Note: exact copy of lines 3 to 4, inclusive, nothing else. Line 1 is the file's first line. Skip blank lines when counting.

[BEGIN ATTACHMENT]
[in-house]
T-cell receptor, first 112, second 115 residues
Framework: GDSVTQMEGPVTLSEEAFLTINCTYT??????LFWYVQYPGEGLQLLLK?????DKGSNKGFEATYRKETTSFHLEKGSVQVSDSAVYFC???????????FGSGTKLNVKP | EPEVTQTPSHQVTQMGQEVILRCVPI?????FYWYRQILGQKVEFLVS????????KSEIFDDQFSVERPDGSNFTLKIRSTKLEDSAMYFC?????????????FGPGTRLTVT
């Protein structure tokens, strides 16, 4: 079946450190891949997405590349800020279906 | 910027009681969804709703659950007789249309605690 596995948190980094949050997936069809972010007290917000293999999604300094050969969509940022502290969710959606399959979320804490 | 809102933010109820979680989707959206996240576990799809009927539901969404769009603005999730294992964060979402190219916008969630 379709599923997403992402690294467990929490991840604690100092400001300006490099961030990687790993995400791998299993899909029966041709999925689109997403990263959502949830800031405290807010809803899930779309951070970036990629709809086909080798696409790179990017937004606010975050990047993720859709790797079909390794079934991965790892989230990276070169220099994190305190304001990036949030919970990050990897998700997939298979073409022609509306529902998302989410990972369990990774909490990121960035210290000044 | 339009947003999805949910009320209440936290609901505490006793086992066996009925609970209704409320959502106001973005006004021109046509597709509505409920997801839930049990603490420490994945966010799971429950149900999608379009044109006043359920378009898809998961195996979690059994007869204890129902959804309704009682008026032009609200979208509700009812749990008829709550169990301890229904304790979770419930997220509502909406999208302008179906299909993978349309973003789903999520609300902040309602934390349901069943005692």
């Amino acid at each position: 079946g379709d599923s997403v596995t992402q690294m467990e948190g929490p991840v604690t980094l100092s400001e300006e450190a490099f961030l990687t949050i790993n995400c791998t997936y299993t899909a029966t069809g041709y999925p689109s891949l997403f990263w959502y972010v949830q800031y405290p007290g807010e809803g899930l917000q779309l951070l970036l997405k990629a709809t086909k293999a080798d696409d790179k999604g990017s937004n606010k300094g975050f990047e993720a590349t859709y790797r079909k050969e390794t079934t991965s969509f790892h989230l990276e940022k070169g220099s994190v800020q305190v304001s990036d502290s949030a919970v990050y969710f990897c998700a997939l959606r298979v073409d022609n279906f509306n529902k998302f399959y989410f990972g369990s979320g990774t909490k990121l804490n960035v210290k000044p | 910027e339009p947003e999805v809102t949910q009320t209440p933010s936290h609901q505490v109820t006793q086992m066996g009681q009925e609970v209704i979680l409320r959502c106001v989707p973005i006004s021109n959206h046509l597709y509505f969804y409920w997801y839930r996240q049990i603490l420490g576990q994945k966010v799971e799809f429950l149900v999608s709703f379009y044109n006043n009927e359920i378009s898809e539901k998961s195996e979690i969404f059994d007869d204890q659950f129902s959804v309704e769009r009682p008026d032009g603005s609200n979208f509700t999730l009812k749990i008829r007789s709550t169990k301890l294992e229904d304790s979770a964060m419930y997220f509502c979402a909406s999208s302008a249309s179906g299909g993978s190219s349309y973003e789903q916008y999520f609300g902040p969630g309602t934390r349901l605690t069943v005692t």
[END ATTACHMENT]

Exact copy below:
Framework: GDSVTQMEGPVTLSEEAFLTINCTYT??????LFWYVQYPGEGLQLLLK?????DKGSNKGFEATYRKETTSFHLEKGSVQVSDSAVYFC???????????FGSGTKLNVKP | EPEVTQTPSHQVTQMGQEVILRCVPI?????FYWYRQILGQKVEFLVS????????KSEIFDDQFSVERPDGSNFTLKIRSTKLEDSAMYFC?????????????FGPGTRLTVT
């Protein structure tokens, strides 16, 4: 079946450190891949997405590349800020279906 | 910027009681969804709703659950007789249309605690 596995948190980094949050997936069809972010007290917000293999999604300094050969969509940022502290969710959606399959979320804490 | 809102933010109820979680989707959206996240576990799809009927539901969404769009603005999730294992964060979402190219916008969630 379709599923997403992402690294467990929490991840604690100092400001300006490099961030990687790993995400791998299993899909029966041709999925689109997403990263959502949830800031405290807010809803899930779309951070970036990629709809086909080798696409790179990017937004606010975050990047993720859709790797079909390794079934991965790892989230990276070169220099994190305190304001990036949030919970990050990897998700997939298979073409022609509306529902998302989410990972369990990774909490990121960035210290000044 | 339009947003999805949910009320209440936290609901505490006793086992066996009925609970209704409320959502106001973005006004021109046509597709509505409920997801839930049990603490420490994945966010799971429950149900999608379009044109006043359920378009898809998961195996979690059994007869204890129902959804309704009682008026032009609200979208509700009812749990008829709550169990301890229904304790979770419930997220509502909406999208302008179906299909993978349309973003789903999520609300902040309602934390349901069943005692």